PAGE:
Wednesday, June 21, 2017
Falling Over Sideways, written by Jordan Sonnenblick. Scholastic, 2016. $23.99 ages 10 and up
Ugh! Grade eight ... it's never easy. Claire knows that the very first day. It only gets worse. What can be worse than zits, mean girls, changing friendships, and boys? You would think that's all a girl can take.
In Claire's case, it is undeniably untrue. Our introduction to Claire is a bit of fun. She starts with her father's constant support and witty candor, and the father-daughter dance. Then, she flashbacks to one year earlier. She and her friends are having a sleepover for her birthday, and it looks like rain. Seven of her thirteen birthday parties have been spoiled by rain. Her brilliant, accomplished brother is bothered by the girls and the noise that is interrupting the sleep he needs to be ready for tomorrow's soccer training session. Can things get worse? Yes, they can and they do. The angst just increases when Claire learns that she is being held back in dance class, while her best friends move forward. It's just not fair!
When she expresses her anger and sadness about the dance class, her father makes his usual joke. Claire is far from impressed.
"I quit. I am not talking about this with you. You don't
understand what it's like to have to struggle. Every story you ever
tell about your childhood is about how you got the best
grades without trying, or how you were the best drummer in
the school. Well, I have to work really, really hard, Dad - and
it still doesn't do any good!"
"Honey, I've struggled."
"Well, maybe you need to struggle some more!"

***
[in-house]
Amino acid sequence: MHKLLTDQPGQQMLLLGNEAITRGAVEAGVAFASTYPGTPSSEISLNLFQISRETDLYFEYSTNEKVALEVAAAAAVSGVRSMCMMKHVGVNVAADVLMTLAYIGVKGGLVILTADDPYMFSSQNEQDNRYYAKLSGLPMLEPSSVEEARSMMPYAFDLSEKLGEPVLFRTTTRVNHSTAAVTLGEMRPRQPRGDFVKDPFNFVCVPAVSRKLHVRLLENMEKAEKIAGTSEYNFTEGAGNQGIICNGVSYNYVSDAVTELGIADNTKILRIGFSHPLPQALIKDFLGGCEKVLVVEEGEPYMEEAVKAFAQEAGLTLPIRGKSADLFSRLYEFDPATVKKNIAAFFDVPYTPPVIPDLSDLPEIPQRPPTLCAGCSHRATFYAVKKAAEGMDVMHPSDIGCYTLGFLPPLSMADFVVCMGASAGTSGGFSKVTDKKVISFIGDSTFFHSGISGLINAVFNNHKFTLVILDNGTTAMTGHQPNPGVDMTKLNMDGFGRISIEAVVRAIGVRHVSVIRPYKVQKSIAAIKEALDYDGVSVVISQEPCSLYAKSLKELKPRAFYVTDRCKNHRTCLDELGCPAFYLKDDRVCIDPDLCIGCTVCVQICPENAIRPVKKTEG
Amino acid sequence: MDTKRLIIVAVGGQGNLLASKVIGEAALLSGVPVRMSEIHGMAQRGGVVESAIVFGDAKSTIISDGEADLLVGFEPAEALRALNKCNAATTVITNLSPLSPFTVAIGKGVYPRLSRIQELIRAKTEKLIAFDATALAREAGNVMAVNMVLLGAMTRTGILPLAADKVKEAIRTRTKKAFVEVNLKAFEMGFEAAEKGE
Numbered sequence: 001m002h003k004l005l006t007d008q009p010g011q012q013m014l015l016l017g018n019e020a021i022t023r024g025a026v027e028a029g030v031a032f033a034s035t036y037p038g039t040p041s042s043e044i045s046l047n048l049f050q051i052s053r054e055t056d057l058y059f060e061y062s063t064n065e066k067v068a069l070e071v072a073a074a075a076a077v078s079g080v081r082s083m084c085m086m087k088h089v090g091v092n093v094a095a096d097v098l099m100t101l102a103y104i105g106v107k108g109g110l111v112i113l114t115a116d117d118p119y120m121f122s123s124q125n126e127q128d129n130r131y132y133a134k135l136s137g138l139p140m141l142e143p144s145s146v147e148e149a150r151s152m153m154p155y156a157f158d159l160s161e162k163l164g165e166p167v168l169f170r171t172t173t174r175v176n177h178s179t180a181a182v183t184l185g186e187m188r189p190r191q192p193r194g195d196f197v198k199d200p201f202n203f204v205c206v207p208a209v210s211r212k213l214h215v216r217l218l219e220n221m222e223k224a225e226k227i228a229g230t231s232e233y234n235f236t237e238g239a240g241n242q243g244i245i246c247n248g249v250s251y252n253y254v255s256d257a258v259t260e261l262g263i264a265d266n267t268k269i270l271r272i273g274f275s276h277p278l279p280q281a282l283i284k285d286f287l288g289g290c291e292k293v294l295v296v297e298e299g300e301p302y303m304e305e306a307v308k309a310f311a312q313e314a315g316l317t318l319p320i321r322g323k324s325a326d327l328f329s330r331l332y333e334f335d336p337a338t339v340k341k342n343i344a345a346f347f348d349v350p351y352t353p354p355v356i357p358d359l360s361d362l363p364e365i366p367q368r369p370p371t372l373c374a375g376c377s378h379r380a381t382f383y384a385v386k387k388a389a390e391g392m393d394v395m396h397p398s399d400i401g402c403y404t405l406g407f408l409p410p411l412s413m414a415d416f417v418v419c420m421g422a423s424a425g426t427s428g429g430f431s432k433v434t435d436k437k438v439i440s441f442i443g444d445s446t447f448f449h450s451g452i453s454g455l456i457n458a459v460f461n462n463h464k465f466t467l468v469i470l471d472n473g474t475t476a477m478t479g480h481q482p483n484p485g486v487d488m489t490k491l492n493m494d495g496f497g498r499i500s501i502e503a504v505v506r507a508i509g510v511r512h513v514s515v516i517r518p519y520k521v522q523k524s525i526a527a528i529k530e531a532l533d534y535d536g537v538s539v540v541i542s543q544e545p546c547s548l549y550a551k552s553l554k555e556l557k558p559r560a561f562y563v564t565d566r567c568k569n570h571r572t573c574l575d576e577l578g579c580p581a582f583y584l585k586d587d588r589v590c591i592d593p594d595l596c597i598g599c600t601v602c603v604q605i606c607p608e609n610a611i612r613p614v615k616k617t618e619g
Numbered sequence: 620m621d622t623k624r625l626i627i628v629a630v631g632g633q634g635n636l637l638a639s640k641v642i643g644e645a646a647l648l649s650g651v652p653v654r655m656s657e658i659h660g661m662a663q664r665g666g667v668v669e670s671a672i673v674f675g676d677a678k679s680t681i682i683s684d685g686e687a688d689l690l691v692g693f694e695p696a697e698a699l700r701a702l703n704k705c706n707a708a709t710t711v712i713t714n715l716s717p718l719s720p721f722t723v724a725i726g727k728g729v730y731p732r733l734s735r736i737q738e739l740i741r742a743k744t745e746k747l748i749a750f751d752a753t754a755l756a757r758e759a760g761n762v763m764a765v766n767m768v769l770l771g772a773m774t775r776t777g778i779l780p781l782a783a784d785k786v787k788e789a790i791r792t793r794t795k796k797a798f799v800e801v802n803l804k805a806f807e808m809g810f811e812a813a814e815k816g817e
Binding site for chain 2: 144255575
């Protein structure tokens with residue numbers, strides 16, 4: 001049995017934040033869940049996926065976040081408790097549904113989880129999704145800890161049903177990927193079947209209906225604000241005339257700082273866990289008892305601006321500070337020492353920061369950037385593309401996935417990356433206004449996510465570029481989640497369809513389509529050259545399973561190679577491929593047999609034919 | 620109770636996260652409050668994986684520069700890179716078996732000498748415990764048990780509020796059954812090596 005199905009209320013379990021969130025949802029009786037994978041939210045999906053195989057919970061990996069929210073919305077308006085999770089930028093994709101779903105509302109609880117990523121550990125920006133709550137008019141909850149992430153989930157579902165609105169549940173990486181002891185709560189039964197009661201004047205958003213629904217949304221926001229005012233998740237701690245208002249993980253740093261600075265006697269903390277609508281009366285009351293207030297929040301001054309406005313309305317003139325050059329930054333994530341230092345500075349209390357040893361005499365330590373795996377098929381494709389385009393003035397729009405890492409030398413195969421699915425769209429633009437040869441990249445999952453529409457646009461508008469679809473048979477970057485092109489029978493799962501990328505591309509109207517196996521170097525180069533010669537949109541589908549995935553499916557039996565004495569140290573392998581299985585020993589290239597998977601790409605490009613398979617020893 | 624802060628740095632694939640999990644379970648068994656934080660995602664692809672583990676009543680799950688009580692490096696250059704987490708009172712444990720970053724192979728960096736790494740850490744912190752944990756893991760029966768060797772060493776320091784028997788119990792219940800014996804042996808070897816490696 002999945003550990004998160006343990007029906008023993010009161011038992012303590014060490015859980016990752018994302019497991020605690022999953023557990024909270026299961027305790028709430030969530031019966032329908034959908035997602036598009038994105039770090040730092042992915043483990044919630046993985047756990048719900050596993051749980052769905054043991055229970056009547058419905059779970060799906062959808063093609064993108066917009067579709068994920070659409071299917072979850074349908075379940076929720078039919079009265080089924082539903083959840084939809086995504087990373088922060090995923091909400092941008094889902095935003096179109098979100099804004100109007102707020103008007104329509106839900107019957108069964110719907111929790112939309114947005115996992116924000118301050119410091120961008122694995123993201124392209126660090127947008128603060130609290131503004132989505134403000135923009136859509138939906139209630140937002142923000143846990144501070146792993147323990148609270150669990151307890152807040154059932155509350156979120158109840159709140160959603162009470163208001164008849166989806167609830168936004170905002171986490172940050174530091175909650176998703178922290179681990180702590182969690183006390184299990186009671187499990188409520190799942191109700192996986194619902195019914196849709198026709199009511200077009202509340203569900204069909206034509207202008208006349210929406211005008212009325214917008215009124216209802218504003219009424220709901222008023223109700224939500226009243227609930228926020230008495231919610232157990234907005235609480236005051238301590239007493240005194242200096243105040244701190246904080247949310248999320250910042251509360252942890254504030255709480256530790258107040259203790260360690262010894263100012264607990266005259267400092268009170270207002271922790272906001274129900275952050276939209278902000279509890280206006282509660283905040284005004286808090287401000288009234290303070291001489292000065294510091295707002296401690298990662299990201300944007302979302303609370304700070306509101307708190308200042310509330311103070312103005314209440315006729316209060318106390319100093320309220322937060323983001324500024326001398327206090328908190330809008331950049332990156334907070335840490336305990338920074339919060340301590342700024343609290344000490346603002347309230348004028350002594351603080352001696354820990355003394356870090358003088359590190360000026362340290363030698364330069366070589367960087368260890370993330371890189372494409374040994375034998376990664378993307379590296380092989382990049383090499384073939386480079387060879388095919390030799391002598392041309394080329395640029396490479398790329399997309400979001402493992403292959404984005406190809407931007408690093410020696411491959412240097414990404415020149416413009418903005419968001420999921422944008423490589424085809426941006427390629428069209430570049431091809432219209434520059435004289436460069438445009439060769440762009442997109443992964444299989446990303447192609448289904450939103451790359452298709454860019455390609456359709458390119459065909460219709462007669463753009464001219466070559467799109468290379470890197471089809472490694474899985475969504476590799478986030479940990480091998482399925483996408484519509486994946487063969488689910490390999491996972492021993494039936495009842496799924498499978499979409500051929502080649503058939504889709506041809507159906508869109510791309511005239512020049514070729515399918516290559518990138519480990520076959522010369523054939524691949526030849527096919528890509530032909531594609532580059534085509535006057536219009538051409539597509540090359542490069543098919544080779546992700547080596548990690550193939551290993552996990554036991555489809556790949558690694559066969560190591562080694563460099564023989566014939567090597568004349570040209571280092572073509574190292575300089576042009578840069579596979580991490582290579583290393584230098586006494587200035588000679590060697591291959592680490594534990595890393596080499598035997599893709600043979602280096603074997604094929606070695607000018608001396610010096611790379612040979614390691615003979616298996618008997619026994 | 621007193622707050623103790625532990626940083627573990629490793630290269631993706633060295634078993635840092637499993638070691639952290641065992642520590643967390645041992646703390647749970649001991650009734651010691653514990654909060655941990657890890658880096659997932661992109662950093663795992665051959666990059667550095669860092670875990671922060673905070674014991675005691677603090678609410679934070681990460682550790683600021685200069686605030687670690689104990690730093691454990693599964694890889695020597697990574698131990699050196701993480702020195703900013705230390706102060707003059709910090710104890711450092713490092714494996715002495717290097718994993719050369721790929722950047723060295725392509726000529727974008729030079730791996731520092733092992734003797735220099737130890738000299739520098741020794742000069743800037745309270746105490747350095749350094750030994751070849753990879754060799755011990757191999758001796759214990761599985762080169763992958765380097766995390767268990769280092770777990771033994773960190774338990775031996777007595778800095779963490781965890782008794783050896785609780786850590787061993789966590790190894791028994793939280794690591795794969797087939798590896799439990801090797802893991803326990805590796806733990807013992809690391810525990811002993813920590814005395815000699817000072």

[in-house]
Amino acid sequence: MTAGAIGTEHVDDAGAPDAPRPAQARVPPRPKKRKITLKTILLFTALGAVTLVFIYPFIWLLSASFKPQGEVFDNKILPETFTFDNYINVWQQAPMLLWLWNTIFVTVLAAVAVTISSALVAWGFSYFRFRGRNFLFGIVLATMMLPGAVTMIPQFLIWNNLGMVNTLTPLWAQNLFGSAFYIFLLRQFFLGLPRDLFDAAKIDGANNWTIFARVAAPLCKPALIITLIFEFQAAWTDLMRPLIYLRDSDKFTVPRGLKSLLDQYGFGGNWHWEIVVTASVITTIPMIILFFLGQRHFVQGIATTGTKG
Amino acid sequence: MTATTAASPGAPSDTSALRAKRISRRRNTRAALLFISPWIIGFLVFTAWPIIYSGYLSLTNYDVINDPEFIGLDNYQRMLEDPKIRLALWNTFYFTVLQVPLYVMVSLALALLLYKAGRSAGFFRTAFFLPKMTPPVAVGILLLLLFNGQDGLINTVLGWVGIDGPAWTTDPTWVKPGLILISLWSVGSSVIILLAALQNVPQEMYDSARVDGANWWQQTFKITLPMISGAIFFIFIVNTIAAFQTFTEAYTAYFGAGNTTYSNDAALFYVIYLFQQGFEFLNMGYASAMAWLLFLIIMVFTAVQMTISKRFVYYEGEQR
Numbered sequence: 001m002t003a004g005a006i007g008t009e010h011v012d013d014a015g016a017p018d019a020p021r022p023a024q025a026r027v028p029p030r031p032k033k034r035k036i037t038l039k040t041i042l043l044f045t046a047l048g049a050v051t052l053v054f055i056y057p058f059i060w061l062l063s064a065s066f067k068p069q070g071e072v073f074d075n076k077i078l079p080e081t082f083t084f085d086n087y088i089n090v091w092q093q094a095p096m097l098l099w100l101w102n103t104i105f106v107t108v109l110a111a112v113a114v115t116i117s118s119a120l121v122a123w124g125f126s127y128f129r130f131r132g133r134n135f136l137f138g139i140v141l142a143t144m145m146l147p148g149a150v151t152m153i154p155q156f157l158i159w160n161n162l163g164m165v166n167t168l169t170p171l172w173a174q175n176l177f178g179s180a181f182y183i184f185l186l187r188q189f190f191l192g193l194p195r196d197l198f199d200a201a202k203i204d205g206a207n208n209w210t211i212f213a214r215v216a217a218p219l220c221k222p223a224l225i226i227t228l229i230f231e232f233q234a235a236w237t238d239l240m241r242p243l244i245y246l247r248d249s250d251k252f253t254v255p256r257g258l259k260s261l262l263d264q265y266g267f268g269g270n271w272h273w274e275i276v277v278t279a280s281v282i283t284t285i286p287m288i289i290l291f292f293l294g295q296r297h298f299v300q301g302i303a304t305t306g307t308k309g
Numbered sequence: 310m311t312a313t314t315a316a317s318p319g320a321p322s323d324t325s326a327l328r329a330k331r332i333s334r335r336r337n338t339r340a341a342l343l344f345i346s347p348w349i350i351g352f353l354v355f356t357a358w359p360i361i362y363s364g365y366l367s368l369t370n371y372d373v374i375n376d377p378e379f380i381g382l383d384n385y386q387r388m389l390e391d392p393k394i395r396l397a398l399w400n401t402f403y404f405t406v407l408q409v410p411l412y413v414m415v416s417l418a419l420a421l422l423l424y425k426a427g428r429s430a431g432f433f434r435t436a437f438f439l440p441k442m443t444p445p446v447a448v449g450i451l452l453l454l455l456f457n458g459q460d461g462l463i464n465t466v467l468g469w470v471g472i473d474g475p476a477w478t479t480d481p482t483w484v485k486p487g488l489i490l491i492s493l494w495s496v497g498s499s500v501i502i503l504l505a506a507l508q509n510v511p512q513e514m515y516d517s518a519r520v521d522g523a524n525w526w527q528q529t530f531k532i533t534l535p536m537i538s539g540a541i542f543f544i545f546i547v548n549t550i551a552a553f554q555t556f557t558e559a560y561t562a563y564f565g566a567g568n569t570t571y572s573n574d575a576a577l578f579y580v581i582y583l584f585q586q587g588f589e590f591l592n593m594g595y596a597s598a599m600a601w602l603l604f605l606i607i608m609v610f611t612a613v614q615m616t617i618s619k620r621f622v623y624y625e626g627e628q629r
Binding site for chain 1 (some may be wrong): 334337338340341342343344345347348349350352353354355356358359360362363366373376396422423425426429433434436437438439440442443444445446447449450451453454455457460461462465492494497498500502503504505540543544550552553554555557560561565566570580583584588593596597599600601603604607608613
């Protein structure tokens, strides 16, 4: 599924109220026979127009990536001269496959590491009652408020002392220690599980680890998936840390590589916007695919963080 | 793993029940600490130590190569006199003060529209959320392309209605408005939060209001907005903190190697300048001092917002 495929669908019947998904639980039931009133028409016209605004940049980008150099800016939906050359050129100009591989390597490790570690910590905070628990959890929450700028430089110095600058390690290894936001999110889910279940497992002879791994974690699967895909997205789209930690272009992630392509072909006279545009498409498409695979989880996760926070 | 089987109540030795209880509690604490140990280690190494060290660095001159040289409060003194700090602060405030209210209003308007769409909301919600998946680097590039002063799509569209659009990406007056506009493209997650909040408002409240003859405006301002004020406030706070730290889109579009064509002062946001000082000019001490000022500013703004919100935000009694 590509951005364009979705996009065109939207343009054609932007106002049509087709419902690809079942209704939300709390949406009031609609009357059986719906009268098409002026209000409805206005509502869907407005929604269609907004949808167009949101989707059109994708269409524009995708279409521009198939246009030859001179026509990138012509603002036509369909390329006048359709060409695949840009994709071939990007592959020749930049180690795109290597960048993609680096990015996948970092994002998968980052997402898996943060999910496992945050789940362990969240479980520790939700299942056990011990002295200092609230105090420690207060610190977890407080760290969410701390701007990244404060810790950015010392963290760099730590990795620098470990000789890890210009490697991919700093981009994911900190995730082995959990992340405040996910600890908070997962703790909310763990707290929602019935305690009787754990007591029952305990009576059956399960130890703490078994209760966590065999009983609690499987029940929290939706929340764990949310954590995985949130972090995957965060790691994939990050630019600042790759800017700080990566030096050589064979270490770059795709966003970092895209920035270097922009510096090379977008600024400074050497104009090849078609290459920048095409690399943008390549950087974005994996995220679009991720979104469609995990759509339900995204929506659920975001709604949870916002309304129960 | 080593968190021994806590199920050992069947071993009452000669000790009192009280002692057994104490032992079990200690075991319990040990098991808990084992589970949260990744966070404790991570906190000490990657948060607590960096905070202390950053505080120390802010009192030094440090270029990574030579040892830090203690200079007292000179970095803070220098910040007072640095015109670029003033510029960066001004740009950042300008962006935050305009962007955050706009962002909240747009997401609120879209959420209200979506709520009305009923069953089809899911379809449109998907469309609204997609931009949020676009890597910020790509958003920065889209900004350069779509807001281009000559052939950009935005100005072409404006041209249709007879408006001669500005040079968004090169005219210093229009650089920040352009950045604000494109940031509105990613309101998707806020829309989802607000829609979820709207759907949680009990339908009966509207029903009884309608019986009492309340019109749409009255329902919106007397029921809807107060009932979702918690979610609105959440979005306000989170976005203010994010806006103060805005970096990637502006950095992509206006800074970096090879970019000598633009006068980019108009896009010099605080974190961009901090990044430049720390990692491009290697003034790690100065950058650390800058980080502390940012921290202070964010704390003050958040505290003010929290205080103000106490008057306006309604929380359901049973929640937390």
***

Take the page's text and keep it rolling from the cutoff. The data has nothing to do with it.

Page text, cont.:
Those words will come back to haunt her. It isn't long before a traumatic event changes the course of events for Claire's family. She and her father are at the dining room table when he suffers a stroke. Claire is the only one home, and must take charge. Her father's hospitalization and long recovery are heartbreaking, and life-changing. Her mother and brother step up to do the best they can to keep the family from falling apart. The trauma of being the only one there, and then seeing her father so changed is unbearable. Claire withdraws to her eighth grade self, worrying about those things that may seem inconsequential to many, but are of great importance to this young teen. It is her way of coping. Her brother is finally able to get through to her, and Claire makes the changes necessary to help with her father's recovery.
Claire's voice is so authentic it makes the reader feel present in every moment of the book. She is confused, honest, vulnerable, angry and eventually, hopeful. Mr. Sonnenblick's articulate depiction of a family in crisis and the process for recovery following a stroke is compelling and heartfelt. It impacts everyone, including everyone who reads it.
If you are not familiar with Jordan Sonnenblick's work, this is a great introduction. It will surely lead you to look for more ... Drums. Girls and Dangerous Pie (2014), Zen and the Art of Faking It (2010) among others, and the upcoming The Secret Sheriff of Sixth Grade (September, 2017).